Yes, I know I’ve been bad about writing lately. No, it’s not just because I’ve been busy (though that’s part of it), much as I’d like to blame it on that; mostly, it’s because I keep starting posts and then deleting them (there’s a really good one on philosophy, bicycling, and unfriendly motorists who pass inches away from you to make a point that just needs me to find the right words that aren’t too inflammatory that I must have redrafted four times by now, and have been thinking about since a ride in November), and, well, I’ve been reading Hegel.
Yes, Hegel. Why? Because I can. Continue reading
So, if last round was the Greatest Hits, this time’s for the album tracks and rarities—not everything here will be to everybody’s taste, some of these will be to almost nobody’s taste (well, except maybe yours, Asher), and at least a few of them should be loved by none. Continue reading
Now that Newman Books is closed, DC doesn’t have a really good philosophy/theology bookshop. Okay, granted, Newman’s selection could be pretty spotty at times,* and Kramerbooks can be surprisingly good,** but that’s beside the point for those of us who want our critical Latin editions of Ockham and Scotus, 5 different translations of Augustine, more stuff on the Reformation than most stores devote to religion, or a whole section on Aquinas. We want our bookstore, complete with people who know a critical edition from a public domain Latin version. It’s something you just can’t get from Amazon—well, along with the feeling you get from not sending money to Satan’s minions—and will be sorely missed.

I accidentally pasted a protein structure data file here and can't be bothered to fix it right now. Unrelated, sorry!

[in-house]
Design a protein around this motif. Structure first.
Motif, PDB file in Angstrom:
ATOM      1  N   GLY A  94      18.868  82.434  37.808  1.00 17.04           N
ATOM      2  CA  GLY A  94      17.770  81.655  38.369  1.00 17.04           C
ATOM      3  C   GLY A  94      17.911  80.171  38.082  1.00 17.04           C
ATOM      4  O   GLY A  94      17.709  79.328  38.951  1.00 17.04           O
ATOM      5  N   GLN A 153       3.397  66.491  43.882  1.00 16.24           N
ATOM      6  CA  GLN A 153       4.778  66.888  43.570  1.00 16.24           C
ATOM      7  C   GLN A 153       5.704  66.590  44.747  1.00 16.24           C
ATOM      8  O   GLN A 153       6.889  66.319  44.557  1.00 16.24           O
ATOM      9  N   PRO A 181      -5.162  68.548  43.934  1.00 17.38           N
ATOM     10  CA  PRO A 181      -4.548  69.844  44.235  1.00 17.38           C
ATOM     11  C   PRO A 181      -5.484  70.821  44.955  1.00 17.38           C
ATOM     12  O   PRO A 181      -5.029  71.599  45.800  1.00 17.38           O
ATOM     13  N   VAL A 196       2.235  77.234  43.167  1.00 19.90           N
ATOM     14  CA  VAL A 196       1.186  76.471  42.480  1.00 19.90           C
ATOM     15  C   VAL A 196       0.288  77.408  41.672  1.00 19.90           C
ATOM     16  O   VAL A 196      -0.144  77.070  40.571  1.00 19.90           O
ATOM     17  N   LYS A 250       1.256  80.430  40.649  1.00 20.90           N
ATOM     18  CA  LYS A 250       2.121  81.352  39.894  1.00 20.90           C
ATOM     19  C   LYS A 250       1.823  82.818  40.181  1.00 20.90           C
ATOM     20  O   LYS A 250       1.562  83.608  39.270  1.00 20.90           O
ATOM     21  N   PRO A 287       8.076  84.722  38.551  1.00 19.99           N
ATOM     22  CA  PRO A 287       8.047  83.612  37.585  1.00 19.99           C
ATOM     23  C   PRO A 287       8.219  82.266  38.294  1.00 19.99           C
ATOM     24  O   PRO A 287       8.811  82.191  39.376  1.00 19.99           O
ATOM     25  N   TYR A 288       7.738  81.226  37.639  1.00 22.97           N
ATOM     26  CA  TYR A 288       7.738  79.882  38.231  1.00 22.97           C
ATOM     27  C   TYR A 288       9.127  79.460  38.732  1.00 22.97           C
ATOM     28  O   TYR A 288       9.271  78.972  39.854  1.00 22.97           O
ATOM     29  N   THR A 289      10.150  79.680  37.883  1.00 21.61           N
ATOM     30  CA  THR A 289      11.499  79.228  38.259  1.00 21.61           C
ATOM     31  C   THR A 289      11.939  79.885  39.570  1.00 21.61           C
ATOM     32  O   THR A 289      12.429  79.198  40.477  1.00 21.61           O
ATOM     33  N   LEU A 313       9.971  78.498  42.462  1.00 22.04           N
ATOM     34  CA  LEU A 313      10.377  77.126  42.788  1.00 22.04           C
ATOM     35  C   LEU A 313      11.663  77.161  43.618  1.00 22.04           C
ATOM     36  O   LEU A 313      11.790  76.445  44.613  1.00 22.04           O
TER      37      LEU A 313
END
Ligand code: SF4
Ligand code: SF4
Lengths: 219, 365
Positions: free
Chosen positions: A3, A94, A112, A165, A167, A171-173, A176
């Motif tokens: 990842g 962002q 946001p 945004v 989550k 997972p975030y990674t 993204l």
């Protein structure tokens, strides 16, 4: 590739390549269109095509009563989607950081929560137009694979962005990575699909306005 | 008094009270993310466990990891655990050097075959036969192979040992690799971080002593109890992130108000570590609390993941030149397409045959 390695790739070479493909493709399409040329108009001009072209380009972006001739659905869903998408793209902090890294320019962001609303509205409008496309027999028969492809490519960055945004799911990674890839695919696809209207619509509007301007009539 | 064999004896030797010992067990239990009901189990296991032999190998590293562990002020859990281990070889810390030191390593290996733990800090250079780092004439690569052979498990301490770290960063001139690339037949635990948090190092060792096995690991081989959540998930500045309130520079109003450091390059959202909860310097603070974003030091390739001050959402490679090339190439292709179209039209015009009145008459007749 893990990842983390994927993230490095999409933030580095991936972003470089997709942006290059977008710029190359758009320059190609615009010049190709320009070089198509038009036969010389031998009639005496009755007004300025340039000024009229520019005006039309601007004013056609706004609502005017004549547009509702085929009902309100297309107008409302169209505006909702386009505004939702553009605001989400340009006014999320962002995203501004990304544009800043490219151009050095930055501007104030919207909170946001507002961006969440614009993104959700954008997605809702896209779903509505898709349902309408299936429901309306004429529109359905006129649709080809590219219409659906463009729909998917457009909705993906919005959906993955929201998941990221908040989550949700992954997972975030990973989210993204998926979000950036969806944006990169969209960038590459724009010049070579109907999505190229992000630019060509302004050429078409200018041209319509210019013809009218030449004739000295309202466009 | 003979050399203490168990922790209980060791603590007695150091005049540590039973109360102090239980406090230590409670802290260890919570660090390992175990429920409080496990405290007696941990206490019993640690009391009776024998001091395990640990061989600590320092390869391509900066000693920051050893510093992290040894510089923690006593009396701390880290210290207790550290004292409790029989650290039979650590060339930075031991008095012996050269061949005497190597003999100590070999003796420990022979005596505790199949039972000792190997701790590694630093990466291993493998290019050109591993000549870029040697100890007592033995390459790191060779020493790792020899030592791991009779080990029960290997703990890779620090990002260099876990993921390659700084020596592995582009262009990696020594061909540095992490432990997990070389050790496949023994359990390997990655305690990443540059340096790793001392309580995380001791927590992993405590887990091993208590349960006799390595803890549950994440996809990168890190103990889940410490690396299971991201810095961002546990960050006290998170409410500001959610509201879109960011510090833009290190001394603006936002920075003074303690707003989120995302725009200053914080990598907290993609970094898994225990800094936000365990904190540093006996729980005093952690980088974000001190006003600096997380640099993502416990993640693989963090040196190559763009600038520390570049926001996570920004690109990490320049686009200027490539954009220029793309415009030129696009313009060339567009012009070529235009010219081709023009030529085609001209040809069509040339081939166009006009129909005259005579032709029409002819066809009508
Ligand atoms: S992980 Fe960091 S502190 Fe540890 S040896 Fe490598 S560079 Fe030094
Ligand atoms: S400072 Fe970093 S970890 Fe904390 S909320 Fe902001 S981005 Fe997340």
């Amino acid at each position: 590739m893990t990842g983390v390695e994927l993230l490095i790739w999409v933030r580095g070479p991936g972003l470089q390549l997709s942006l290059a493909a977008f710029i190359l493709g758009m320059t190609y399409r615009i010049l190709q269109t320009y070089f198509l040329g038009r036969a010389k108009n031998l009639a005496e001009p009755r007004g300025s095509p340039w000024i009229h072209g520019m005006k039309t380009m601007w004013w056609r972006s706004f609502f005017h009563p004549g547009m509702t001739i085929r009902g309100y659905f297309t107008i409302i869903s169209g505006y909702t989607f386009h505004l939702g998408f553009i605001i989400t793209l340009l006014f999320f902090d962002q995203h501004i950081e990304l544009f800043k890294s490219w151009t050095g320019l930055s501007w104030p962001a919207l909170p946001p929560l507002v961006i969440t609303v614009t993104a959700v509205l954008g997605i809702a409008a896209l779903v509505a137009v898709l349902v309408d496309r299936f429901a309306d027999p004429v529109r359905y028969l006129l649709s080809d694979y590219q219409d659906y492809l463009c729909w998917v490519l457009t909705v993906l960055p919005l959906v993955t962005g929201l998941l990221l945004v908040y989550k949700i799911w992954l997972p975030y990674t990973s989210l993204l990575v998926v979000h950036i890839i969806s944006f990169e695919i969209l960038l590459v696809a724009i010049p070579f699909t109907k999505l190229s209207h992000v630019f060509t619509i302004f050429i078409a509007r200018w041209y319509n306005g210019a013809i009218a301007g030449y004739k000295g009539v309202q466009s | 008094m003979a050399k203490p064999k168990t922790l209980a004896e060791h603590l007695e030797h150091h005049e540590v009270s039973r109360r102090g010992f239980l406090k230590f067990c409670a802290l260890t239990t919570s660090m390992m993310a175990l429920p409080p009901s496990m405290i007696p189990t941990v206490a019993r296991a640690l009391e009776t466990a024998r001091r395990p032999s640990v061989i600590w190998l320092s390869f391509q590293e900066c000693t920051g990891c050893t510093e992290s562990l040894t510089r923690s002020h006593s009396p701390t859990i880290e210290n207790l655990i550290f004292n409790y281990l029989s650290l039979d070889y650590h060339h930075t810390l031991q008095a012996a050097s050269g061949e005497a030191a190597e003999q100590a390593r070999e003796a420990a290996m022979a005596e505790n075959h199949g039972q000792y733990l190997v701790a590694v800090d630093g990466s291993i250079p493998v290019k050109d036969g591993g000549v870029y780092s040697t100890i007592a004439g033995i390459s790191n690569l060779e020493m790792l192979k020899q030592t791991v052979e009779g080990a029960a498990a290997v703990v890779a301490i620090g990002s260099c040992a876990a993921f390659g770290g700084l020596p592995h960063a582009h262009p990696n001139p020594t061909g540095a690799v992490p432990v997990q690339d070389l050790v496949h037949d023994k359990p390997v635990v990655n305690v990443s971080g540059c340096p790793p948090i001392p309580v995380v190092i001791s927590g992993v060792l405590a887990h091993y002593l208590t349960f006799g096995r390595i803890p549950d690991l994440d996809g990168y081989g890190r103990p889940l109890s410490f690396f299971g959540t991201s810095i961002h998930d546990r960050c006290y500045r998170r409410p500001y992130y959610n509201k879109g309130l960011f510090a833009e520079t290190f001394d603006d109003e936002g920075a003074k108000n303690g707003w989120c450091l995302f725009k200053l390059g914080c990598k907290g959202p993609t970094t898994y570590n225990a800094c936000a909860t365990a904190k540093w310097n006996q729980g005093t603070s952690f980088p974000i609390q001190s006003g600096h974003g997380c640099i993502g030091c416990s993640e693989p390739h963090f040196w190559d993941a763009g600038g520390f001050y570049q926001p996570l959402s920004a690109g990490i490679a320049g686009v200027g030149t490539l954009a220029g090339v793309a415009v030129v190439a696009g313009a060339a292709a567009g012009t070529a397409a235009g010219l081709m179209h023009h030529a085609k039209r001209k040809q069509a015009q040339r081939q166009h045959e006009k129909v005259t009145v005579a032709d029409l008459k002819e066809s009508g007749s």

But. But! I’m gonna give you the next best thing: a series of lists (what is this, Buzzfeed?) of books worth reading on any number of philosophical*** topics, complete with caveats, explanations, and my own opinions, which are completely right and you should never question ever because they’re right. Some of these are syllabi for imagined courses I’ll never get to teach, but have always wanted to—a few of them I’ve been developing since reading Plato’s Republic, scarily enough—while others are just “look, don’t read bad translations like I did, try these instead.” It’s advice I’d give to hypothetical customers or students, written up in a big ol’ binder at the front of the store that you could whack me over the head with when you disagreed with something I said.